Sabrina Raia ‘15, an architecture and civil engineering major and Albert Dorman Honors College scholar from Farmingdale, will be working over the summer with Richard Garber, an associate professor of architecture, and Zeyuan Qiu, an associate professor of chemistry and environmental sciences, on a pilot project to plan and design a sustainable semi-rural community on a newly cleared 60-acre site in a region outside of the Wuhan metropolitan area in Hubei, China. She will be researching sustainable land-use methods such as constructed wetlands, green roofs, and rain gardens, among others. The project is jointly conducted by NJIT and the Wuhan Planning & Design Institute in China and Raia will communicate with Chinese collaborators through Skype meetings. In her grant proposal, she noted that countryside developments will produce new ideas about sustainable living and green infrastructure that can in turn be applied to existing higher density areas of the country.

“This is a great opportunity to combine my three interests of architecture, civil engineering and sustainability. China is urbanizing quickly with more than half of its 1.3 billion people planning to live on the periphery of Chinese cities within 15 to 20 years. Land is essential for the promotion of economic growth. With economic growth, there is an ability to use the land more efficiently. Through efficient land use, water and surface management, and sustainable technology, urban and social sustainability is achieved,” Raia says.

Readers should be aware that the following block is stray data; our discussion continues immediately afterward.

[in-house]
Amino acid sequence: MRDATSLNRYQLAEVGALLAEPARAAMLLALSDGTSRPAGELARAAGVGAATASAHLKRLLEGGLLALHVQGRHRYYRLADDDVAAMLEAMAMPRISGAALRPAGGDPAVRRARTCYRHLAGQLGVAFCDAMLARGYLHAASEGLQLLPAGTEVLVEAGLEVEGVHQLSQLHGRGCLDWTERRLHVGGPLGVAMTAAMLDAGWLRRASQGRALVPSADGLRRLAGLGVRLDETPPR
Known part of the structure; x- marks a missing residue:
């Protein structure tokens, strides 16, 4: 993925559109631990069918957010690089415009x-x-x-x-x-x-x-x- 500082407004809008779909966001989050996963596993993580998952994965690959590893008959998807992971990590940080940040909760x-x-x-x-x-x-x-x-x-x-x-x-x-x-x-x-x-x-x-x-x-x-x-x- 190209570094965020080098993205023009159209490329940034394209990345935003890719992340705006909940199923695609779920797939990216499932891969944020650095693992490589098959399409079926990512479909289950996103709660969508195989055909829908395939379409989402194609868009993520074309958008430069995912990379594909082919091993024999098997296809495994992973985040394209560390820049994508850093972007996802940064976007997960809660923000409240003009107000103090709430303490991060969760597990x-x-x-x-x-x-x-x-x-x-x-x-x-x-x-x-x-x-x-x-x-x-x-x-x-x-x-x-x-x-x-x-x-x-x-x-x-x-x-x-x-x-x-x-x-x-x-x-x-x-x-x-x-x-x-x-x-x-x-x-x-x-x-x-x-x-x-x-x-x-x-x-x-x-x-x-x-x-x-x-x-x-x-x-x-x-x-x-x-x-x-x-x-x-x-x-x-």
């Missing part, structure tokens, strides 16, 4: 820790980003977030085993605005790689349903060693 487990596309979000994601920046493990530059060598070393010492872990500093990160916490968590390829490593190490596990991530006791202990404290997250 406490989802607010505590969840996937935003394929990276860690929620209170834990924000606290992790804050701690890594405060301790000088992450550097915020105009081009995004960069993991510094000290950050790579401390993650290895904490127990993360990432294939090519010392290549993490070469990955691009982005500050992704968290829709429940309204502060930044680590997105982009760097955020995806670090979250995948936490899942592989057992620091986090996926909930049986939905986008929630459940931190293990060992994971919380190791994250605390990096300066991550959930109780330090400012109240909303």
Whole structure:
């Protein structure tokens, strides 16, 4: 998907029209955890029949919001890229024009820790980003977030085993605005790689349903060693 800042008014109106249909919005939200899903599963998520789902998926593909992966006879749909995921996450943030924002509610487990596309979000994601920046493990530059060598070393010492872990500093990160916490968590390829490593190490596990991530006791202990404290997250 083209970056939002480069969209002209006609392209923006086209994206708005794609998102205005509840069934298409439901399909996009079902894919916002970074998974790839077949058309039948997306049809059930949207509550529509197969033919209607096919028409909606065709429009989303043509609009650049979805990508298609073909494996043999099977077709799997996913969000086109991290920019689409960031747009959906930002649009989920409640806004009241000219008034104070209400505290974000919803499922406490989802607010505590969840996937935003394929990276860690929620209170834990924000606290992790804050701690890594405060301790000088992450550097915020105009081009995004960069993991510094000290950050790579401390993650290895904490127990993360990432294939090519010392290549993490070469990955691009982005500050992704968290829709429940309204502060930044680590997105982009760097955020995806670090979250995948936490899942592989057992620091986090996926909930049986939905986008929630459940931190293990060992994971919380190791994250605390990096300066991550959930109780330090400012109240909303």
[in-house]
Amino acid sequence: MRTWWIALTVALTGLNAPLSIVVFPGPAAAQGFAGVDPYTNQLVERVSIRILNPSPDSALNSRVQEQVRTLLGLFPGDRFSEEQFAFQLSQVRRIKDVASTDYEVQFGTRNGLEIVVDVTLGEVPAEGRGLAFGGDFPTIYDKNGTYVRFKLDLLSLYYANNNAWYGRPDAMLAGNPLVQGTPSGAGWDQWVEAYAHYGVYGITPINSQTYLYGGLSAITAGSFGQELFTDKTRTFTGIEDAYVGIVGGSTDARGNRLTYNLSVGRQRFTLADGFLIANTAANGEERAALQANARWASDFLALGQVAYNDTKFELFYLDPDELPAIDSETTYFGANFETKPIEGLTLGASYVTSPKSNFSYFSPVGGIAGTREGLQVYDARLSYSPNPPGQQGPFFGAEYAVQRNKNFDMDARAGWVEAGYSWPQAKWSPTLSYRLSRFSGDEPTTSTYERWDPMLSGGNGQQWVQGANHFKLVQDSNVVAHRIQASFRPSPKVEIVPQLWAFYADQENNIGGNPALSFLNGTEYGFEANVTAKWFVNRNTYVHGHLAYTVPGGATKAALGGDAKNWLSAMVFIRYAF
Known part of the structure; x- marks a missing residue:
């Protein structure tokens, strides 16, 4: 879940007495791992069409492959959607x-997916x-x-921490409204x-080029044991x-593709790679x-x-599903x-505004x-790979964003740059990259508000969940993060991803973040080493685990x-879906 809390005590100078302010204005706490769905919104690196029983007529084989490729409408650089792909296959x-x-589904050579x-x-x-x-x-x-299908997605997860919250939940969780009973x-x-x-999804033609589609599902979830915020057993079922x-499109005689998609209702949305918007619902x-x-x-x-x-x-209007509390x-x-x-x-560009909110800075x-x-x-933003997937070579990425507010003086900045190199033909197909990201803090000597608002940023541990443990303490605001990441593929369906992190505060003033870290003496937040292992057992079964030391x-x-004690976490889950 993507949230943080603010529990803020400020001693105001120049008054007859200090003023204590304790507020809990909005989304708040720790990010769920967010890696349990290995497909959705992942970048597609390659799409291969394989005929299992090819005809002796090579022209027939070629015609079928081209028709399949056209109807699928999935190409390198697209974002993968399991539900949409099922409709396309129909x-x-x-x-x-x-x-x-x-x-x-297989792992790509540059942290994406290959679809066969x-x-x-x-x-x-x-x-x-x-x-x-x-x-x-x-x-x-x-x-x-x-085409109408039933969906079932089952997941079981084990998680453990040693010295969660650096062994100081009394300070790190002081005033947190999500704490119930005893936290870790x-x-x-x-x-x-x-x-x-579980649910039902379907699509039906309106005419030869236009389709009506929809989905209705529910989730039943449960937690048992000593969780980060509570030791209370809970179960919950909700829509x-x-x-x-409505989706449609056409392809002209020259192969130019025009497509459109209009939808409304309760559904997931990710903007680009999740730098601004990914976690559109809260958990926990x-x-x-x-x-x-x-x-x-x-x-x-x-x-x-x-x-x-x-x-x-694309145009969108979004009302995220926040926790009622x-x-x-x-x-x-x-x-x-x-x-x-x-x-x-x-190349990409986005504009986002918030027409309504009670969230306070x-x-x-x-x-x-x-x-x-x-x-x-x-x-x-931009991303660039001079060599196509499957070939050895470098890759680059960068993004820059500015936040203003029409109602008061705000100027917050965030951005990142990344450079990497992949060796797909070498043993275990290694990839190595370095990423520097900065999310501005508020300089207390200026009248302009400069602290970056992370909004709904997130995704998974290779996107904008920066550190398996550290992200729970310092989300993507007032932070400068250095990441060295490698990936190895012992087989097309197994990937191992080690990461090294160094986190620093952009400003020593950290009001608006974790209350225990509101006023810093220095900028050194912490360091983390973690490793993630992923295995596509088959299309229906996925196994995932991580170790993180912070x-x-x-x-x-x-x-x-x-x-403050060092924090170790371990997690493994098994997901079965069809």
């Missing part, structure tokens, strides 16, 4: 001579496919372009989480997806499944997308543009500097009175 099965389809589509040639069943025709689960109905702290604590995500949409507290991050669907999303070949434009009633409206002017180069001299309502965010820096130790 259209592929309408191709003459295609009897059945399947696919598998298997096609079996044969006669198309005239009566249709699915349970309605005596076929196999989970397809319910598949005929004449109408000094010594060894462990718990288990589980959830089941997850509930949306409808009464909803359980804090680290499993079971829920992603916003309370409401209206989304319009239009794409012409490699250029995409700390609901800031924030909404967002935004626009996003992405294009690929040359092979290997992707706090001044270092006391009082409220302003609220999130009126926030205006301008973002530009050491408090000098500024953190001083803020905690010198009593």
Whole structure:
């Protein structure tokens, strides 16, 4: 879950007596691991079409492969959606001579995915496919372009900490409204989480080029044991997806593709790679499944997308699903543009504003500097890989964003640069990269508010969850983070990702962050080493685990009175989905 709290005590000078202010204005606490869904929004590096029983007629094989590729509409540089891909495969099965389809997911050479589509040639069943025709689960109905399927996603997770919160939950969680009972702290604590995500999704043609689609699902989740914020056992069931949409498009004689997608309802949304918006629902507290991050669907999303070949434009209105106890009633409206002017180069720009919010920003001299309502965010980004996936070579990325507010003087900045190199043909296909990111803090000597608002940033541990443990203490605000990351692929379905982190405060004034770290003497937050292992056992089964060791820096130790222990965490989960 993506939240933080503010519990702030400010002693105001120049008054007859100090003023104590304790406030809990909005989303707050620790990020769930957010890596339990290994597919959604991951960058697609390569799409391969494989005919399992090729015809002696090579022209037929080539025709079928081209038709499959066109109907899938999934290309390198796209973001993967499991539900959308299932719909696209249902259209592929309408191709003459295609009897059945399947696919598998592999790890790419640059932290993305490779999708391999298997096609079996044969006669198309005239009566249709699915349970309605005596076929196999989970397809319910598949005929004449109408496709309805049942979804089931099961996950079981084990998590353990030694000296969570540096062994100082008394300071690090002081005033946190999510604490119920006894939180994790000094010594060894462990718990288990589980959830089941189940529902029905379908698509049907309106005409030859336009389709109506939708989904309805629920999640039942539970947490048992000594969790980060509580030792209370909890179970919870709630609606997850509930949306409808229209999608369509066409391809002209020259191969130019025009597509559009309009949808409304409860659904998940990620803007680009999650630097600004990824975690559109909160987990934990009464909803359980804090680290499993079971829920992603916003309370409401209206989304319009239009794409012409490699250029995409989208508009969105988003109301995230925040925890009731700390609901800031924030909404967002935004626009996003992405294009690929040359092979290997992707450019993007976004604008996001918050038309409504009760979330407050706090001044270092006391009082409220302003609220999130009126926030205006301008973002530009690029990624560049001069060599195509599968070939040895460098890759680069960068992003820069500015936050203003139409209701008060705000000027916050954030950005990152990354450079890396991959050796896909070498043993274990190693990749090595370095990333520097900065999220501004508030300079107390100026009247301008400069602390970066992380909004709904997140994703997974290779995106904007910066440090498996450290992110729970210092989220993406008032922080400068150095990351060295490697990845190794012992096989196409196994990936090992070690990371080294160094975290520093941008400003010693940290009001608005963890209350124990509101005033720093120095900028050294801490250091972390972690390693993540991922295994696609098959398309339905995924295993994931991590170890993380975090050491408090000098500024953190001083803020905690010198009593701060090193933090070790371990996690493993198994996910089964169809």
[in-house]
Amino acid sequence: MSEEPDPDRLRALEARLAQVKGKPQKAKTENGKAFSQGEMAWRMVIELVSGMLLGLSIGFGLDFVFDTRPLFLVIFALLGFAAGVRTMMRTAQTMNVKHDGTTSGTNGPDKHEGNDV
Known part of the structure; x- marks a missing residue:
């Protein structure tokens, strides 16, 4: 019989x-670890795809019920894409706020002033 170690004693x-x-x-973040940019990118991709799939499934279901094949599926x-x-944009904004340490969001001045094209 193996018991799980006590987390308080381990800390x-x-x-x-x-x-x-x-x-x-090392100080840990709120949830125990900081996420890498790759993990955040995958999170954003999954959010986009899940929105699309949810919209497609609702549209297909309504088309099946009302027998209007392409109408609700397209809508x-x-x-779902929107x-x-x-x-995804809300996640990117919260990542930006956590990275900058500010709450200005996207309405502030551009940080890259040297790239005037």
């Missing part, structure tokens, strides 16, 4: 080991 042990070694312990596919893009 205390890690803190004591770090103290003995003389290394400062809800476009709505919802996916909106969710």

Dhawan noted that the cross-cultural project not only afforded insights into best practices in sustainability and green construction as seen from both sides of the globe, but provided an important window into another culture. “These experiences are critical for our students, helping them learn how to communicate effectively with global partners,” he said.

Among other sources of funding, several students won awards in the TechQuest competition on Innovation Day, which is supported by James Stevenson, a consultant at Stevenson PolyTech LLC, to continue their research over the summer. And seven more NJIT students will be funded by the National Science Foundation’s Research Experience for Undergraduates (REU) program to work on developing novel mathematical models, methods and algorithms for quantitative exploration of data for various applications, with David Horntrop, an associate professor of mathematical sciences.